Women Transforming Cities launches “Hot Pink Paper Campaign" to highlight major issues
Women Transforming Cities (WTC) - an organization of women, girls and allies - has launched a “Hot Pink Paper Campaign” to put 11 key issues forward for the municipal election, which would make cities work for women and girls.
Men and women and girls are working for cities but cities aren’t working for women and girls, WTC said in a press release. In organizing over 20 cafés in neighbourhoods across the Lower Mainland, they say they listened the key priorities for women and girls living in the region. Cities don’t put an equity or intersectional lens on their work, there are pressing issues concerning, WTC added.
Transit, Affordable housing, environment, aboriginal, immigrant, young women, violence, childcare and electoral reform are some of the issues outlined in the brochure.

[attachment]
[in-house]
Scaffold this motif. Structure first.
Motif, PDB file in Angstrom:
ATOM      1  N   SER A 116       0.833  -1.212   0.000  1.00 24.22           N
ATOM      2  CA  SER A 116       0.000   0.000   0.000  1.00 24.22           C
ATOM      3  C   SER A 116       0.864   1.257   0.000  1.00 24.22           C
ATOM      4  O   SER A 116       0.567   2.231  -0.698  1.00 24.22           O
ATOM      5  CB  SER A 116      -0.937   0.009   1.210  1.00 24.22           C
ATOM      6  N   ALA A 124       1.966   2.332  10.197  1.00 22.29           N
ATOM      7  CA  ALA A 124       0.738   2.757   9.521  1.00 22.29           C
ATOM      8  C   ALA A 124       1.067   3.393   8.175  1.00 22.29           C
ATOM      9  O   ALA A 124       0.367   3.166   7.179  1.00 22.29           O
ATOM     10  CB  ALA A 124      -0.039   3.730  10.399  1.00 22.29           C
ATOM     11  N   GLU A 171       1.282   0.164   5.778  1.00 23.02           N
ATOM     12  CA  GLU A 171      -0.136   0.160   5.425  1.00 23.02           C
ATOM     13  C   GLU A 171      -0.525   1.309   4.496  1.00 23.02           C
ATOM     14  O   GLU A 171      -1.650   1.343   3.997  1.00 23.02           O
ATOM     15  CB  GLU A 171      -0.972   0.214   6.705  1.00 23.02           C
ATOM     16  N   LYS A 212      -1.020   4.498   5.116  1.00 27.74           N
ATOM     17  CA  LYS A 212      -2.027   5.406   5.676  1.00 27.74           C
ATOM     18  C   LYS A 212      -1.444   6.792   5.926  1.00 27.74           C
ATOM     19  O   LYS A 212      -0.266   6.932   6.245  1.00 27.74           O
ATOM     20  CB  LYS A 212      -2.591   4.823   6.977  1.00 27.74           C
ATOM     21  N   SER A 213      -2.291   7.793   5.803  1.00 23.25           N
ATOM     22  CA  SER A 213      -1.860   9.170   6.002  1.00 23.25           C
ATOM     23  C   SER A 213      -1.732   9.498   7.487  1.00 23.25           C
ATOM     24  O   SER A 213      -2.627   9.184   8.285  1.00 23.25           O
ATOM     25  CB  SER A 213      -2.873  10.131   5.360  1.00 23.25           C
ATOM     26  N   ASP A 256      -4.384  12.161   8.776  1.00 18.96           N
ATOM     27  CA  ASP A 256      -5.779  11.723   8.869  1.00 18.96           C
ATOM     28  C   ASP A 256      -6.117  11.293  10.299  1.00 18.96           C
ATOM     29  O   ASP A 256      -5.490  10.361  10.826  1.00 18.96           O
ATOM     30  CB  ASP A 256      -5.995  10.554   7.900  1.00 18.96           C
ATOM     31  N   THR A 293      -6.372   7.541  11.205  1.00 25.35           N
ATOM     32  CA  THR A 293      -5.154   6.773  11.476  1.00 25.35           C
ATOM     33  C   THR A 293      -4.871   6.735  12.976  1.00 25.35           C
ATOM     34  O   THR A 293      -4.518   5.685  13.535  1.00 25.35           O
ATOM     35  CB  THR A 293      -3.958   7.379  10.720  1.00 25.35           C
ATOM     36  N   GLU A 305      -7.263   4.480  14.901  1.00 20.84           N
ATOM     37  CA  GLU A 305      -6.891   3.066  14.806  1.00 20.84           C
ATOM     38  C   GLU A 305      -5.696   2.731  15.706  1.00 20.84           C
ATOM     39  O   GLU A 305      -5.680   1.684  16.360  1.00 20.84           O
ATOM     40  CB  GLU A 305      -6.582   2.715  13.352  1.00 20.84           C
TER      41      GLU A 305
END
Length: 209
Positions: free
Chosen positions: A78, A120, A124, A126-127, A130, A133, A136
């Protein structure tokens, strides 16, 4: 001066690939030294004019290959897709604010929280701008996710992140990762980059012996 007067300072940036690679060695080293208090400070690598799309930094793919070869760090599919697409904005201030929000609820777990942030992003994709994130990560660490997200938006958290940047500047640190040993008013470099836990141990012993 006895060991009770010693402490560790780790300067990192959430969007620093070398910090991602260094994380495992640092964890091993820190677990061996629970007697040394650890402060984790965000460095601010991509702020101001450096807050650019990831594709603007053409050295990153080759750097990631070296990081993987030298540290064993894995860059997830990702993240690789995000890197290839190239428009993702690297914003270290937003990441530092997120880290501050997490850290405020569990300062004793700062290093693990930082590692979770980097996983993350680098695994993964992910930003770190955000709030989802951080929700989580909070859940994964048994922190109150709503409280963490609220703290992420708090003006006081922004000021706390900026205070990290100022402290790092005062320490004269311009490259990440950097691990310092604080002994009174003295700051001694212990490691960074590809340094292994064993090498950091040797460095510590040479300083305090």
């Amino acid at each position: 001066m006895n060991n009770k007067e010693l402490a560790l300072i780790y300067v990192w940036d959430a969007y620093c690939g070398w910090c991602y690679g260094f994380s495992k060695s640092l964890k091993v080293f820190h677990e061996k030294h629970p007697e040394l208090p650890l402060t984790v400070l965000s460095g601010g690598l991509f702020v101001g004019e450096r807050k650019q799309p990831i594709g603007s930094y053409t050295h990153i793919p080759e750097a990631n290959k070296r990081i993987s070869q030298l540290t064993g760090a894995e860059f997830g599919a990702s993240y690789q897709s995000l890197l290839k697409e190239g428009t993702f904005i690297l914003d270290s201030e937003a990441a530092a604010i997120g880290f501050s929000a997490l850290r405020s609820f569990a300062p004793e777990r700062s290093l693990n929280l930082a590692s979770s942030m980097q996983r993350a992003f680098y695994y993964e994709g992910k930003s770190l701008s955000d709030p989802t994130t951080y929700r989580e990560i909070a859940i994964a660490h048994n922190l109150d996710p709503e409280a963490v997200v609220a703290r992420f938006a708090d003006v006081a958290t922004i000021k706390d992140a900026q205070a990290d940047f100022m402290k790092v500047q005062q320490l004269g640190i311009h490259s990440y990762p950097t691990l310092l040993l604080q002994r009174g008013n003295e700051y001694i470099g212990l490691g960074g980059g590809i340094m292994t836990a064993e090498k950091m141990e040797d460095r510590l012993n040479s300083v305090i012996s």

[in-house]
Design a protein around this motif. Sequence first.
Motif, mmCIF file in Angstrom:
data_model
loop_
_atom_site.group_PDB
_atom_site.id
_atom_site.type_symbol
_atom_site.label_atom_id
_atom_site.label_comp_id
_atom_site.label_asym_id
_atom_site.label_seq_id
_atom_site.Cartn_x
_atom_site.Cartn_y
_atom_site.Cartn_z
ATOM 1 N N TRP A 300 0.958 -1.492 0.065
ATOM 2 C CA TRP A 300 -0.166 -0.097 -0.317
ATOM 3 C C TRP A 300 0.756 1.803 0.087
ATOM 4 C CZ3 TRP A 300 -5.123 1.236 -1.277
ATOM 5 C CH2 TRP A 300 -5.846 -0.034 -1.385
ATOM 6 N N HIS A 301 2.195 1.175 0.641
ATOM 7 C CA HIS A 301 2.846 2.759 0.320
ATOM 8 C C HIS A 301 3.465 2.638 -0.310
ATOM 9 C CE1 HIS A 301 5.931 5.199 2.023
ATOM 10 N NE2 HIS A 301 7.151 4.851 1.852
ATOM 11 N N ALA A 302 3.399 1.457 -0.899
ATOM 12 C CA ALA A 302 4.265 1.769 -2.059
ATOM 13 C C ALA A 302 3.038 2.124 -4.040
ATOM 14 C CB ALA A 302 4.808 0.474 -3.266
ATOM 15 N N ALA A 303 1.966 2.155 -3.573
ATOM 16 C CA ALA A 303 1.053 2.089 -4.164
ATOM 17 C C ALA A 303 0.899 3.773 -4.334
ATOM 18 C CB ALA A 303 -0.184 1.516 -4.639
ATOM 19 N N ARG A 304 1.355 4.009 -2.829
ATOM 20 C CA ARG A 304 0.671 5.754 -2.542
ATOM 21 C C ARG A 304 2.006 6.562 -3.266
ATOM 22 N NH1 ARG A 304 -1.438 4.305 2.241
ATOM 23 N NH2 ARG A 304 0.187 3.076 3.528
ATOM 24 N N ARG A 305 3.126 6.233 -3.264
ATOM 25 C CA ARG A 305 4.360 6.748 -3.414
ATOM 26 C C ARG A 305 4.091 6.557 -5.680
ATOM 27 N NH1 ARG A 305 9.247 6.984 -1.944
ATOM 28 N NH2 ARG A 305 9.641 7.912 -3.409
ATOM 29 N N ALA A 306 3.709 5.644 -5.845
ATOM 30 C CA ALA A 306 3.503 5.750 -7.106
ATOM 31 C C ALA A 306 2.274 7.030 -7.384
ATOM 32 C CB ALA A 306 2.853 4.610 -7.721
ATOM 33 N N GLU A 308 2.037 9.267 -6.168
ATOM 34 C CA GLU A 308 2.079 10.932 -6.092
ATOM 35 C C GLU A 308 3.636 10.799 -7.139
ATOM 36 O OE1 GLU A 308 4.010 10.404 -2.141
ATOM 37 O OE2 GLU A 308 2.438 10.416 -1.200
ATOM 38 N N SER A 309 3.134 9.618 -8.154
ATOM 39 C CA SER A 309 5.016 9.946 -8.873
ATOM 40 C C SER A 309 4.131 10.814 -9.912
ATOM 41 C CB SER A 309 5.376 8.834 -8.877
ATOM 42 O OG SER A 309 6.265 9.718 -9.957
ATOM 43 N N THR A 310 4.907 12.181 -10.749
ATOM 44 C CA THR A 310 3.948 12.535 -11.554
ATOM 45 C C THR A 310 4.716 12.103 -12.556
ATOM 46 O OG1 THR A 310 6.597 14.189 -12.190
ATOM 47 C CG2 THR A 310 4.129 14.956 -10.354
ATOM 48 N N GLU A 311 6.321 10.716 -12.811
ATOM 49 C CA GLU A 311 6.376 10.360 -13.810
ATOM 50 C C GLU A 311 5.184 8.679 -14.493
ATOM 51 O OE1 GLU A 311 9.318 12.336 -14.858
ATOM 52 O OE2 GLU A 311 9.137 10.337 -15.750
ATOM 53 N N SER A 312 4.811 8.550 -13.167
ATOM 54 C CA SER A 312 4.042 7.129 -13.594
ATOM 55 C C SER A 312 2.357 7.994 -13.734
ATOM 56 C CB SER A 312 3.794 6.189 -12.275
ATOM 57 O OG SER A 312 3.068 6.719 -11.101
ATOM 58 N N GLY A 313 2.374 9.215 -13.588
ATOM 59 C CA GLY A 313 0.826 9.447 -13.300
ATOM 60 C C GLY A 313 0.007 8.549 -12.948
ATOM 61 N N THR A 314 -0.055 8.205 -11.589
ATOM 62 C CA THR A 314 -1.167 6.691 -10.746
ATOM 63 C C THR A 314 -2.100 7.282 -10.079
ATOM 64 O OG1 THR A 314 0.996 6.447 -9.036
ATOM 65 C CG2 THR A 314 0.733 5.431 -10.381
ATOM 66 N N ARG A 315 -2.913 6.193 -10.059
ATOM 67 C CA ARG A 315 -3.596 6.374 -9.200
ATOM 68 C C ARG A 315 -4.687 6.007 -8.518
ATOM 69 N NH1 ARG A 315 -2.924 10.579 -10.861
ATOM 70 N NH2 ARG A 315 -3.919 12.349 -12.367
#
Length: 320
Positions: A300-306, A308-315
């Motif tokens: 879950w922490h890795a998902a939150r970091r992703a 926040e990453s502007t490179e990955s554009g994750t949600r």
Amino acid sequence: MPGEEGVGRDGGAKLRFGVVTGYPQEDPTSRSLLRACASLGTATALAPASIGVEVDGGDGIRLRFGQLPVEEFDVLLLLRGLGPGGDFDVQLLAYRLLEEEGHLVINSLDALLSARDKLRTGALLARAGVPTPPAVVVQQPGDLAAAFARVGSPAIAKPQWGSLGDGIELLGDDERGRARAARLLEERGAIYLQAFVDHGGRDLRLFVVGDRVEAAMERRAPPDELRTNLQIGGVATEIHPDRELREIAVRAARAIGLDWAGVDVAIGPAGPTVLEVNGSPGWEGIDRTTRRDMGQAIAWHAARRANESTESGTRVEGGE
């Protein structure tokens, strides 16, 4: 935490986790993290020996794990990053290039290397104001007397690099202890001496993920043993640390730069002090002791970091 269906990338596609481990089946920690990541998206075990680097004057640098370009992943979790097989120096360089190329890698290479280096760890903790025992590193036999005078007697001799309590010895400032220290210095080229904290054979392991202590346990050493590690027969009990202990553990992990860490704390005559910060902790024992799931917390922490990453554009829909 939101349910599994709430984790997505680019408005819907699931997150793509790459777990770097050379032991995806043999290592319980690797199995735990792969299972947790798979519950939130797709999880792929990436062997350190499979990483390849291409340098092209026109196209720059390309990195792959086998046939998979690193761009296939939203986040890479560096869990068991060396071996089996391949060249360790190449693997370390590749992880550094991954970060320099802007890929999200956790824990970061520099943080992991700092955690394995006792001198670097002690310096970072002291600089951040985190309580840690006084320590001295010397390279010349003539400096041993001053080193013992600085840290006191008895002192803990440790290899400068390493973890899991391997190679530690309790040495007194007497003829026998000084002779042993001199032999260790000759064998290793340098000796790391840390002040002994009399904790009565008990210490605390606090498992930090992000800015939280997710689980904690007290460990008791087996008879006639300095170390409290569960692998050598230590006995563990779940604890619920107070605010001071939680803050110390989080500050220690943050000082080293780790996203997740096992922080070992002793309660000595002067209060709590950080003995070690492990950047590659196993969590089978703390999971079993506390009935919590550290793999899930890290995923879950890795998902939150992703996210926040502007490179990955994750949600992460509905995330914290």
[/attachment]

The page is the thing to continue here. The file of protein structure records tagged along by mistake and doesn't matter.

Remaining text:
One of the issues in the brochure calling for electoral reform also listed possible solutions for change.
“Women and girls work for cities; why don’t cities work for women and girls?” asked WTC members. “Only 16% of Canadian Mayors and 26% of City Councillors are women, and the diversity of women on municipal Councils, Park Boards and School Boards does not reflect that of the general population.”
Candidates and parties are asked to commit to running at least 50% women representing the diversity of the cities and encouraging Aboriginal candidates.
WTC worked with partners, which included SFU’s Gender, Sexuality and Women’s Studies, Coalition of Child Care Advocates of BC, Vancouver and District Labour Council Women’s Committee and Housing Justice Canada, to develop a brochure and the backgrounders.
The organization is asking all parties and all candidates to commit to acting on these issues. The brochure gives them concrete solutions, WTC said. Many candidates and parties have committed already the names will be posted on the group’s website Nov. 10.